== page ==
Will Democrats’ new leaders replace Nancy Pelosi as leader?

The incoming House Democratic majority is waiting to name its leaders for 2018 before moving on to party policy priorities, including proposals to raise taxes on the rich and battle climate change. A reminder:…

Will Democrats' new leaders replace Nancy Pelosi as leader?

The incoming House Democratic majority is waiting to name its leaders for 2018 before moving on to party policy priorities, including proposals to raise taxes on the rich and battle climate change.

A reminder: we’re still months away from any decision, and the political timetable for filling the leadership void isn’t always set in stone.

Theoretically, after midterms, if Democrats win back control of the House it would take six months for the party to elect leaders and on to more detailed policy priorities. But a party leader can be ousted if he or she loses a majority of members.

In such a case, Pelosi’s bid for another term as leader of the Democrats in the House (she lost to Steny Hoyer of Maryland and Jim Clyburn of South Carolina in a closed-door vote Thursday night) still allows the party to appoint a new leader to replace Pelosi on its temporary leadership team after midterms – presumably giving Pelosi some say in choosing Hoyer or Clyburn as the permanent leaders of the Democrats.

To control the House majority, the Democrats need to pick up 23 seats to win a majority, but they’re at 46% in the Cook Political Report’s midterm assessment. That means the odds of the Democrats picking up that 23 seats aren’t very high.

But Democrats have remained motivated and the environment may be favorable for Democrats to pick up at least a handful of seats. Voting between now and midterms is usually high turnout, and Democrats have pushed for improved turnout this year. With the wave, Democrats will likely only need to pick up 27 seats in the 435-member House.

Democrats will also get a significant boost in the Senate and the state of California can play a key role in that, too. Hoyer has said that he and Clyburn, should they end up succeeding Pelosi, would work to keep his seniority and hold on to his committee spots. Senate majority leader Chuck Schumer said earlier this week that the “next Democrat in line” would head up the powerful committee on tax reform in the US House of Representatives, but it wasn’t clear that was the case with Pelosi.

Besides the tough odds of picking up the 23 seats to retake control of the House, Democrats have big policy demands to enact.

Green New Deal

Such a plan was a central demand of the Democratic presidential candidates, and it was incorporated into the Democratic platform introduced in July this year.

The plan aims to build 100% renewable electricity grids and draw all transportation off fossil fuels by 2030, to build 4.5m zero-emission homes by 2030, and to end the war on solar and wind energy by 2030. It also calls for a $1tn public investment for building “thousands of miles of interconnected high-speed rail, modernizing local and regional airport infrastructure, and dramatically increasing investment in new commercial freight systems”.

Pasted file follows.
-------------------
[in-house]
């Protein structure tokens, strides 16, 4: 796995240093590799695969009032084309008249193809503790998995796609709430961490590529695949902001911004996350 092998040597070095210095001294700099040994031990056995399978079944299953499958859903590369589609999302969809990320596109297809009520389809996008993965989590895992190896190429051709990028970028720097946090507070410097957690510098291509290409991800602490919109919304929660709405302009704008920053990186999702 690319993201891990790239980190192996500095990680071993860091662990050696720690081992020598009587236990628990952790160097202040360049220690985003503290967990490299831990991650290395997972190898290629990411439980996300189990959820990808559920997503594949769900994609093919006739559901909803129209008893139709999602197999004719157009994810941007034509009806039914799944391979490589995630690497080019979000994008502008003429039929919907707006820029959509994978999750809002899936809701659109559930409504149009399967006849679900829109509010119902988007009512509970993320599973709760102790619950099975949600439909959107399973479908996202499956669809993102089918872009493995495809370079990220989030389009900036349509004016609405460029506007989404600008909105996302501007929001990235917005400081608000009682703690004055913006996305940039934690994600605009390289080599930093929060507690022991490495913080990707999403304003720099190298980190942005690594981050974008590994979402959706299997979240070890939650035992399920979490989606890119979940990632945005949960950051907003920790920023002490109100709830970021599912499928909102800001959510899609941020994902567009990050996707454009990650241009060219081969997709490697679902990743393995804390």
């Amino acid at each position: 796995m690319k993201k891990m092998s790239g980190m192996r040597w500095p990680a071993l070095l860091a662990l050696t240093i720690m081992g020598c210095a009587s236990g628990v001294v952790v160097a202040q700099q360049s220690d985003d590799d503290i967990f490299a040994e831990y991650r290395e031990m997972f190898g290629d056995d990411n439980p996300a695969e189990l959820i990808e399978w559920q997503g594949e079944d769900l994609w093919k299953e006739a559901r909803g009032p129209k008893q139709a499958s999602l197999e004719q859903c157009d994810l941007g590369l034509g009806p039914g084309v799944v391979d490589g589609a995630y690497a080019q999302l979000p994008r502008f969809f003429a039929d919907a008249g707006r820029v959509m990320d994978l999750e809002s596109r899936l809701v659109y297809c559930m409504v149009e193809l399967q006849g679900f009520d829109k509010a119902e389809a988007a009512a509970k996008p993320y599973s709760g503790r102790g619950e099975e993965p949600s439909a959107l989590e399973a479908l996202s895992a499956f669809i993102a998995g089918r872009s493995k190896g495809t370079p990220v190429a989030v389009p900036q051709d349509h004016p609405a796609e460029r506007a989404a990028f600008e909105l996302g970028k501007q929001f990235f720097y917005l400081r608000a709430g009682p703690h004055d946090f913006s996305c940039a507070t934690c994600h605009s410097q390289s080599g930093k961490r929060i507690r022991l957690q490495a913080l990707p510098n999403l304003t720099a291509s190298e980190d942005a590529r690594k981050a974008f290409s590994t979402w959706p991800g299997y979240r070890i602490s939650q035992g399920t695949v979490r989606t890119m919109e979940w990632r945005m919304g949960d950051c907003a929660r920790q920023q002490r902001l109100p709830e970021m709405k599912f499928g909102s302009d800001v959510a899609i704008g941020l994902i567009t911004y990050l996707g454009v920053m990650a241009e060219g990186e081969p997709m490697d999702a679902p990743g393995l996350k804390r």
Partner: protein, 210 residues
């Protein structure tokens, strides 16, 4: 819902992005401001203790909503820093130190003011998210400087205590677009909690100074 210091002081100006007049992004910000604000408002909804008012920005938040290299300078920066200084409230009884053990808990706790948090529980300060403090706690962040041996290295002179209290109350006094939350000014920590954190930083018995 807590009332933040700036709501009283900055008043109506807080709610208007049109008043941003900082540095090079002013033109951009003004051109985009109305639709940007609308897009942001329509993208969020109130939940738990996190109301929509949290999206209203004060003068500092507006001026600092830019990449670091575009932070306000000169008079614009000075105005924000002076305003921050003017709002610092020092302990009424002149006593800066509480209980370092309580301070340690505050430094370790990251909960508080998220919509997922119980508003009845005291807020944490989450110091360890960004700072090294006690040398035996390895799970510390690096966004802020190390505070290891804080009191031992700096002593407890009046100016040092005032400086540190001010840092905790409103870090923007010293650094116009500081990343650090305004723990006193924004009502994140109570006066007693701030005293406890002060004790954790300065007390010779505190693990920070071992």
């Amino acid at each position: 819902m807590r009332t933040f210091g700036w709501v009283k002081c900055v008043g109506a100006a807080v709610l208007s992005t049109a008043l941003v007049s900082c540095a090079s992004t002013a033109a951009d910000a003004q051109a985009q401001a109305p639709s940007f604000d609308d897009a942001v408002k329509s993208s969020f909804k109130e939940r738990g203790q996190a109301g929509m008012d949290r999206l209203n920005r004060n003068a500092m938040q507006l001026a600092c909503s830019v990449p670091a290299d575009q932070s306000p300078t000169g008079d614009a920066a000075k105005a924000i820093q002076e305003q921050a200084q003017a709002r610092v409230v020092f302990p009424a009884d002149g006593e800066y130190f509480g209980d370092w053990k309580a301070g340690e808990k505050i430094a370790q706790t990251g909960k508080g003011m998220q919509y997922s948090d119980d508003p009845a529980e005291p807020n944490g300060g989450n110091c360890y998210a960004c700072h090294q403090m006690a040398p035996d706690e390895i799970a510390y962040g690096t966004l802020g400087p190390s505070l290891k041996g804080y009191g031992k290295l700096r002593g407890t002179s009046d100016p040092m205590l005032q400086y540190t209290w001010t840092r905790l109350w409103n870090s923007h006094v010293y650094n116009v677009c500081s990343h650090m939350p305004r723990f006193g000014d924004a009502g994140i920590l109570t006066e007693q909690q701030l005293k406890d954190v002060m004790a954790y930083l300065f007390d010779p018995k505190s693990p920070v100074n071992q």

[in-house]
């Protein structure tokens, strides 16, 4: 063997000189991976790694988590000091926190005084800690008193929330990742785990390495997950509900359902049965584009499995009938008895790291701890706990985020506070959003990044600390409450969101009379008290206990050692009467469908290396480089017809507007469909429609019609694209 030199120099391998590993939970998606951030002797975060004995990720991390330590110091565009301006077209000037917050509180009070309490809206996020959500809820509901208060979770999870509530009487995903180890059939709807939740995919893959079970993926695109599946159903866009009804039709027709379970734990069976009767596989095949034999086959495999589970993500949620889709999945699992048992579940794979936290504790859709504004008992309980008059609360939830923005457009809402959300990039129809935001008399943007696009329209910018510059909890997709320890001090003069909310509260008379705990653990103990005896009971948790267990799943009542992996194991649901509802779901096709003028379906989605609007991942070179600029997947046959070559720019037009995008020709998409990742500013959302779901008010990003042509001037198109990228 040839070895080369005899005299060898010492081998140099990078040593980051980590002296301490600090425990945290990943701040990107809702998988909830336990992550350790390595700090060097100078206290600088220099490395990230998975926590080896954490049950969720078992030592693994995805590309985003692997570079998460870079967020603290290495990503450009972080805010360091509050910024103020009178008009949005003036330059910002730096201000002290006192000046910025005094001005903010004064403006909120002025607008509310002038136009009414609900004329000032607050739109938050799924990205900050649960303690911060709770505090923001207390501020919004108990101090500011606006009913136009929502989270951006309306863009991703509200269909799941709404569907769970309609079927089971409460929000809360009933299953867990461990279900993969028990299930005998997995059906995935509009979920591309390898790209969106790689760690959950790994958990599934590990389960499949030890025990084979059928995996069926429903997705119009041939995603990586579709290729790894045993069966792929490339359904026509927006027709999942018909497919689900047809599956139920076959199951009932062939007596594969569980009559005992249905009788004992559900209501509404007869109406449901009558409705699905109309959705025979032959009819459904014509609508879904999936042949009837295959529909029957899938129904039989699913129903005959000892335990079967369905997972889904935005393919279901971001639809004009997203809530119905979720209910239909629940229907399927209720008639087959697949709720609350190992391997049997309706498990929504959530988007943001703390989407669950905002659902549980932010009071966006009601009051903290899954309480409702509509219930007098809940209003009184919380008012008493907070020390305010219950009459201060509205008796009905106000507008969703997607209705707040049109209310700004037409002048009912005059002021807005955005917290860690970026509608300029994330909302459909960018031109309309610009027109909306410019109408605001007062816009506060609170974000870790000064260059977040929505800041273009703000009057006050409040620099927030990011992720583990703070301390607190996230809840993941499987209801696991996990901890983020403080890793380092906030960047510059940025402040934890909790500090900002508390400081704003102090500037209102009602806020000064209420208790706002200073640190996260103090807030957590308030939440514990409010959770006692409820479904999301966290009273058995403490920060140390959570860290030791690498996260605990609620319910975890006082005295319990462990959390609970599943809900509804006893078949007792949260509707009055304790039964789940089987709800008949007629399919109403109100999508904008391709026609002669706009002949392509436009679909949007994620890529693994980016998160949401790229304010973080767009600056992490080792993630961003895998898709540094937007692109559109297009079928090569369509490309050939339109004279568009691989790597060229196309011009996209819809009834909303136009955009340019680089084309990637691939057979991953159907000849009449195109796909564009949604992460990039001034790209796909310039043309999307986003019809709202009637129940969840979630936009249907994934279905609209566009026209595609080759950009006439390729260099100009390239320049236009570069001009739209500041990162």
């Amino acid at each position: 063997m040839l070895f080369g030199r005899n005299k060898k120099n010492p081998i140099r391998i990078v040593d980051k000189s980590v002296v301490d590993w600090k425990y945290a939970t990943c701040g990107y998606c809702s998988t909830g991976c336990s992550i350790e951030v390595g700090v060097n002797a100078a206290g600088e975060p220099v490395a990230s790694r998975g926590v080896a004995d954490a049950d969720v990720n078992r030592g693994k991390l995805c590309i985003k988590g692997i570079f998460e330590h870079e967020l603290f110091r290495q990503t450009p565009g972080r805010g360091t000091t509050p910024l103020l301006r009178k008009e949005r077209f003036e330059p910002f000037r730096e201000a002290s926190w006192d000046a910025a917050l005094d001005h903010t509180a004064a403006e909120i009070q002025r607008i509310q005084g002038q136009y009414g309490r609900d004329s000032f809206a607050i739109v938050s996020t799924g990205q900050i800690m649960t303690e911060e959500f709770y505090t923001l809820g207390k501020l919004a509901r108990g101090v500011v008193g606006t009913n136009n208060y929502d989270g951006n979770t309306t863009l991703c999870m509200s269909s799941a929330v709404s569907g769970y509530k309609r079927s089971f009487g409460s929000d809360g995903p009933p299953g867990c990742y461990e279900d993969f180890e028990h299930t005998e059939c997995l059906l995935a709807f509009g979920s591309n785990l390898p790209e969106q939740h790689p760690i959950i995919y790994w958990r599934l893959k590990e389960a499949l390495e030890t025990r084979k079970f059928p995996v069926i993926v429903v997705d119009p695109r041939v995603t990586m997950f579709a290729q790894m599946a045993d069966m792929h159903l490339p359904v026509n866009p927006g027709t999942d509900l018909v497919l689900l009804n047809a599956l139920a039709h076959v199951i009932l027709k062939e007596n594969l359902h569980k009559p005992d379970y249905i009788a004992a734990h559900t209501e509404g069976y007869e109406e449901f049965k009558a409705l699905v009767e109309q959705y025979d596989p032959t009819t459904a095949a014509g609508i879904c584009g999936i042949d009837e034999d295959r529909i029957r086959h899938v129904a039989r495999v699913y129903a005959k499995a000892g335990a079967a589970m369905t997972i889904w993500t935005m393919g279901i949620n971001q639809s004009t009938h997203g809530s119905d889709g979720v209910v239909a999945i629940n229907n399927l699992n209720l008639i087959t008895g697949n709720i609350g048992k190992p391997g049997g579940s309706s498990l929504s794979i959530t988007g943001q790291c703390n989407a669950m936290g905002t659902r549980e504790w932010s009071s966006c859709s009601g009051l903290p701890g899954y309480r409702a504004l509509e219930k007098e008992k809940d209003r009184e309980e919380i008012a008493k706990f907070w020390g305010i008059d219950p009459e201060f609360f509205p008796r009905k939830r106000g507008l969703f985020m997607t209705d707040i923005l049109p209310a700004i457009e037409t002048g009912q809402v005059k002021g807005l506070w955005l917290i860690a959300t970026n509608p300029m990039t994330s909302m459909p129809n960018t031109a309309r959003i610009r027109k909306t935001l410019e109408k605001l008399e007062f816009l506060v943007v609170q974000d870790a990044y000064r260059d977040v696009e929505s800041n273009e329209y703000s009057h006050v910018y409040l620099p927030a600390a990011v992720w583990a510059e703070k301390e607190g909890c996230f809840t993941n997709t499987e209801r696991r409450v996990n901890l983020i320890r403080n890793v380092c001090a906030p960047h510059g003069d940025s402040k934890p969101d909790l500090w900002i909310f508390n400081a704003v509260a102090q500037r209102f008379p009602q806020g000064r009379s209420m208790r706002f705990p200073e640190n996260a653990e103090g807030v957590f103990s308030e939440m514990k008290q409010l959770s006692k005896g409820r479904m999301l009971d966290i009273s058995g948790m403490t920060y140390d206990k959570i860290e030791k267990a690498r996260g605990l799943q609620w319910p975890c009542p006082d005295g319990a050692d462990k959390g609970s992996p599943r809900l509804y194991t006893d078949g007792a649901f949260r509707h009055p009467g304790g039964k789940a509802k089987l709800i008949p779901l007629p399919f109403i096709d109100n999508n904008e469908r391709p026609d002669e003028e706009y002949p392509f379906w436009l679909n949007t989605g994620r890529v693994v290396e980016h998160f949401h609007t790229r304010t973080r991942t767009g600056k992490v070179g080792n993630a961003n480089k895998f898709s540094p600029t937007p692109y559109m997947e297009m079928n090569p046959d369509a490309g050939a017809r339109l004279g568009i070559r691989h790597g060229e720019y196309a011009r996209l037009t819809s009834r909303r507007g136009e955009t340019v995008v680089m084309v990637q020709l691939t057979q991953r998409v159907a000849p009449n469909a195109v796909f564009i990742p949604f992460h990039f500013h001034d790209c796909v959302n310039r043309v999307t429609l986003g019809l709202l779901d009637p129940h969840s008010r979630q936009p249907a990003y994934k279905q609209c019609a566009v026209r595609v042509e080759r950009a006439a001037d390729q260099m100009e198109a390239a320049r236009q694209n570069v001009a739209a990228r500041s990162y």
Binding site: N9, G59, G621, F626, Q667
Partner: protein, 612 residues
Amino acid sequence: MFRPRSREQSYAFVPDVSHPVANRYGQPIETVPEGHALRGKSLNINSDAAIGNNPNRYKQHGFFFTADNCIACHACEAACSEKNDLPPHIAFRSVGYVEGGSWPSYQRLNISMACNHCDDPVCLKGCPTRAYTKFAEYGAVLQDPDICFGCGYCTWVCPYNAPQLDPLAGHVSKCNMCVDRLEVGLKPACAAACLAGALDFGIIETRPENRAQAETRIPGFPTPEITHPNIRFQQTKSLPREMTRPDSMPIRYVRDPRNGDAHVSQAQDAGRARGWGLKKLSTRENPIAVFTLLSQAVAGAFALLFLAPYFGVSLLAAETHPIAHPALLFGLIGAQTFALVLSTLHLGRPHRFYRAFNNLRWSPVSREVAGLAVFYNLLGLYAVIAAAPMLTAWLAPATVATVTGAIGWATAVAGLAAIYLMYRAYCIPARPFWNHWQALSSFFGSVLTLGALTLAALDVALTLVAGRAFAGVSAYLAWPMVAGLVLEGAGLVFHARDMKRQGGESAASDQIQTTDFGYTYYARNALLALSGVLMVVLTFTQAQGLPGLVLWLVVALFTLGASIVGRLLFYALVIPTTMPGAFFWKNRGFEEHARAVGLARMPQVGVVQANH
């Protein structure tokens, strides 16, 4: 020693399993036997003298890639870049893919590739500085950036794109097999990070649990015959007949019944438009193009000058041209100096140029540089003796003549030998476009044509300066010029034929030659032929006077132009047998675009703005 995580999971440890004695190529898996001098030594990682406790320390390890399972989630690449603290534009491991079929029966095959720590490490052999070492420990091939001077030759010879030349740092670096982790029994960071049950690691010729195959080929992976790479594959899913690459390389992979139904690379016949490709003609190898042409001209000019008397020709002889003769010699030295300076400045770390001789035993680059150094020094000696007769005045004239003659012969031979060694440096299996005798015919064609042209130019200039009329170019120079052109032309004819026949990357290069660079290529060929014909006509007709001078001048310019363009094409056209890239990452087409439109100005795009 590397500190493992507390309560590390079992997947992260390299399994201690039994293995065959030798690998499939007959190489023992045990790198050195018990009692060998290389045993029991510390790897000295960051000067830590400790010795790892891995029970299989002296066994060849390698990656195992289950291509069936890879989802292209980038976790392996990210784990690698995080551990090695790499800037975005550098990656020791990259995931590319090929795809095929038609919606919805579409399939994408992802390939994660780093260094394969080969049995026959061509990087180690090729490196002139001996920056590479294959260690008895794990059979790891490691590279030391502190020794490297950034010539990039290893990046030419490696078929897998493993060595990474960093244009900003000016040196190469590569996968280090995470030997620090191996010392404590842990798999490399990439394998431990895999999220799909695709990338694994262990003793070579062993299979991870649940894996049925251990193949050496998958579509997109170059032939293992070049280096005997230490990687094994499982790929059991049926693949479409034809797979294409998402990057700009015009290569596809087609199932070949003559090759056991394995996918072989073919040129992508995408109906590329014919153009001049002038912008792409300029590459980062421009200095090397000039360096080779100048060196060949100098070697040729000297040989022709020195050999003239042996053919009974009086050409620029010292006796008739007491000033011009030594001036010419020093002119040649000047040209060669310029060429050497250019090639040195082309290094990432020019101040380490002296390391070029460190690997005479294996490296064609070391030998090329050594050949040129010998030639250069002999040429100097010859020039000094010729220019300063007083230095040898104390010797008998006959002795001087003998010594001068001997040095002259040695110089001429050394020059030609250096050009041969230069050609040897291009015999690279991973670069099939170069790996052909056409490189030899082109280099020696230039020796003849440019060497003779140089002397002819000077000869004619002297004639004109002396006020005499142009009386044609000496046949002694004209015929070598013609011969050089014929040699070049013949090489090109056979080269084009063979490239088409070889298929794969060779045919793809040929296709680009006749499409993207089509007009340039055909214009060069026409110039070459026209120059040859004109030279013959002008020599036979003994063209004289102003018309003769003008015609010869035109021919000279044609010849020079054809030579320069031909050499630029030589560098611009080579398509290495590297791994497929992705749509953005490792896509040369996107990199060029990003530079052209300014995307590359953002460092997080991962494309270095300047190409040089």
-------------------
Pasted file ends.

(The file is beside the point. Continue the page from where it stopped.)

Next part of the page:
It also calls for removing fossil fuel subsidies for both public and private companies, tax reform for the middle class, and a raise of the federal minimum wage.

The Green New Deal has been met with criticism from some Republicans as a socialist plan, but others have pointed out that green energy typically has been more profitable for those on the upper and middle class levels of society.

Housing

Another big policy demand from Democrats is increasing the federal minimum wage to $15 by 2024. The proposal was included in the economic recovery plan called “A Better Deal” presented by President Barack Obama in his second term.

Democrats have pushed for a federal pre-kindergarten program, as well as making college more affordable. All of these policy priorities are critical in that they support the kind of education reforms Democrats support – reforms that don’t directly fund university tuition increases.

Marijuana

The former president Barack Obama’s administration has shown a hands-off approach to marijuana, with Obama himself calling for increased federal spending on drug enforcement, while Attorney General Jeff Sessions has called for a rollback in law enforcement resources.

But the incoming Democratic majority in the House of Representatives will likely have the potential to repeal the policies of the Trump administration. If Democrats take control of the House, they would have the ability to craft national laws on marijuana, but only if the Trump administration reverses or weakens existing state laws.

To start, the state of California may pass a law that would make it the first US state to legalize recreational marijuana. California is currently a Democratic state that Trump won.

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